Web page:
Teachers Strike Likely

Chicago teachers poised to walk.

by Fred Klonsky

klonsky 2

CTU strike, 2012. Photo: Fred Klonsky


If as expected, the Chicago Teachers Union’s House of Delegates votes to go ahead with the Thursday strike deadline, I will be heading over to my neighborhood school, Darwin, to walk the line.

I consider it part of my responsibility as a retired union teacher.

Over the past eight years since I retired from teaching I have walked on quite a few picket lines with striking teachers all over northern Illinois.

I encourage all retired teachers to do the same.

Michael Antonucci, the union basher who writes for The 74, thinks the CTU demand for full staffing of nurses, social workers and librarians along with contractual class size limits is some kind of trick by the union to collect more dues.

“It is no coincidence that virtually all of these new employees would be eligible for union membership,” he writes.

Well, I hope so.

I particularly resonate to the issue of putting class size limits in the contract and thereby making it legally enforceable.

In my old district, we couldn’t get our board to agree to class size limits in the contract, although we tried for years.

I consider it a major failing on my part.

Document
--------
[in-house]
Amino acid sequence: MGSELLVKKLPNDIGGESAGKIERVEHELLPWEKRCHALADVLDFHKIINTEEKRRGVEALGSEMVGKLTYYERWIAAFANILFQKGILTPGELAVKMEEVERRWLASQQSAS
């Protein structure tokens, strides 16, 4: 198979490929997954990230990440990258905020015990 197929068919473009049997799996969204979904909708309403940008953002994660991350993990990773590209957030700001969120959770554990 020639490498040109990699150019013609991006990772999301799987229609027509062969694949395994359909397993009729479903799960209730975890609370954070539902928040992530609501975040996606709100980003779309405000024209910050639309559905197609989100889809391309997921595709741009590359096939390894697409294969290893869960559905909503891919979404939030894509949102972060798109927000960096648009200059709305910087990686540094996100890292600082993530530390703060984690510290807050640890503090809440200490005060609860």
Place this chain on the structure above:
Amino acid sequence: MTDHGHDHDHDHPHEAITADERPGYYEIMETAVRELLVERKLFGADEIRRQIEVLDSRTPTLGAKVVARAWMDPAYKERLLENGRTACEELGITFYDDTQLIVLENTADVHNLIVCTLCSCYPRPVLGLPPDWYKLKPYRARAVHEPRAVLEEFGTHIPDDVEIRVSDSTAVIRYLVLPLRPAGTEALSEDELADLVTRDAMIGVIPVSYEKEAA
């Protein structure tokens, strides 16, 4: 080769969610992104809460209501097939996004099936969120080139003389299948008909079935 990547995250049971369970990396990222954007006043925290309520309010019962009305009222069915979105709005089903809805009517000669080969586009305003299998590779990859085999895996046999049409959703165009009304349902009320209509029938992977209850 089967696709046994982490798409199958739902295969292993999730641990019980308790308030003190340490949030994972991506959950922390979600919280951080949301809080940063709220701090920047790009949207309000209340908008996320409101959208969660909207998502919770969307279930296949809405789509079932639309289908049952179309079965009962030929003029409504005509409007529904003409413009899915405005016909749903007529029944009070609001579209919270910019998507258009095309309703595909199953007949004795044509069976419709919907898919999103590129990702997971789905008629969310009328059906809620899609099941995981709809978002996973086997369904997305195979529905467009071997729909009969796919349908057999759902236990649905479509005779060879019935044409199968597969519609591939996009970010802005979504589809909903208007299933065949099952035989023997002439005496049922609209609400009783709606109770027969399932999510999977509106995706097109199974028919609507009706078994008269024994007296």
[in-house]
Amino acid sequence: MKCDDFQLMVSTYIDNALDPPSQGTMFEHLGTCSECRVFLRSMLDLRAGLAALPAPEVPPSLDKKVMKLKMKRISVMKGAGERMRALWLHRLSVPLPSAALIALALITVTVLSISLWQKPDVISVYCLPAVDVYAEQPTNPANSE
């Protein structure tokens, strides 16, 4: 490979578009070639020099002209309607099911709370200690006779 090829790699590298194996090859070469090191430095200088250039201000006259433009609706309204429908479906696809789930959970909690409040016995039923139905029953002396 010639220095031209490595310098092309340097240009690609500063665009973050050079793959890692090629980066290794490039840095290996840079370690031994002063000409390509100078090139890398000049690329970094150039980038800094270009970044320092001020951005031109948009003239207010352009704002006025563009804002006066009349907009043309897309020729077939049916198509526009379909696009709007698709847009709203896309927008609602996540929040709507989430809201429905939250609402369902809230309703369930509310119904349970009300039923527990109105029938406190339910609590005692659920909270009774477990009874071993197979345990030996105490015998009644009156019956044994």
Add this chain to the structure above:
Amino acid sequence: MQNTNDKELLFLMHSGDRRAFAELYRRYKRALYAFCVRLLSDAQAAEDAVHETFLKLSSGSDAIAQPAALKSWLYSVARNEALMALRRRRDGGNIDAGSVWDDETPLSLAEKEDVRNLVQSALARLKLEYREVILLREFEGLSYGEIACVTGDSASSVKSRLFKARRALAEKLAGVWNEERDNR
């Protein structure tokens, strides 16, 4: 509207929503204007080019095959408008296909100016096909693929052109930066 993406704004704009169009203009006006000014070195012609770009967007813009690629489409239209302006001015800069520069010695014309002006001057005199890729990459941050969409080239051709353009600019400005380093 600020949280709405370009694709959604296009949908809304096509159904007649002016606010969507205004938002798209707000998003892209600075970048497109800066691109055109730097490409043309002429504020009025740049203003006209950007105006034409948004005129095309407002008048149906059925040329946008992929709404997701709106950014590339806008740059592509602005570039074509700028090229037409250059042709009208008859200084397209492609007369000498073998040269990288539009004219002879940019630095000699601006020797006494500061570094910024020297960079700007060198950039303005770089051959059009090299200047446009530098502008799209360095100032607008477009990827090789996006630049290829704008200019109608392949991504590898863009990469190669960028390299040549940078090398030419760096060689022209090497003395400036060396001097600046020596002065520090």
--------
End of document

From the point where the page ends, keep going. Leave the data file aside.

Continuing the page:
I was a little surprised that Illinois Federation of Teachers president Dan Montgomery claimed at the rally the other day that suburban and downstate union locals already have that contractual language.

I can’t say I checked every IFT and IEA contract in the state, but I looked at many of them and I couldn’t find any that had class size limits in their contracts.

Maybe Montgomery can direct me to which ones he was talking about.

Even those that have a number also have a qualifier. “If practicable,” is the language in the very wealthy New Treir contract, where they have no trouble keeping class sizes small. Hedging their bets.

In the south suburbs, the much poorer Robbins district has this contract language:

25. Class Size The BOARD agrees to implement the following maximum class size program for at least three (3) periods a day for the purpose of student interaction assistance:

Pre-School: will follow the grant stipulations Kdg: beyond 20 / 1 Teacher Assistant

Grades 1: beyond 27 / 1 Teacher Assistant If class size goes over the stated number, the class will be split if building space is available. If building space is not available, the teacher will receive a full-time teacher assistant.

Other contracts have side letters or a memorandum of agreement on what they will do if class size “goals” are not achieved. Rarely are these side letters as enforceable as contract language.

As I have written about for years, Illinois remains at the bottom nationally in state funding for schools. School districts like Robbins struggle to find revenue because it like most school districts depend on local property taxes for of their funding.

Perhaps passing the constitutional change to a progressive income tax will help change that situation. Even if it passes, the funding is years away.

So, I hope for a CTU win on getting class size limits in the contract.

Not because, as Montgomery said, it’s what everybody else has.

But because if it can be won in Chicago, it will set a precedent.

And then maybe the Illinois legislature will be forced to fund schools at the level they deserve.

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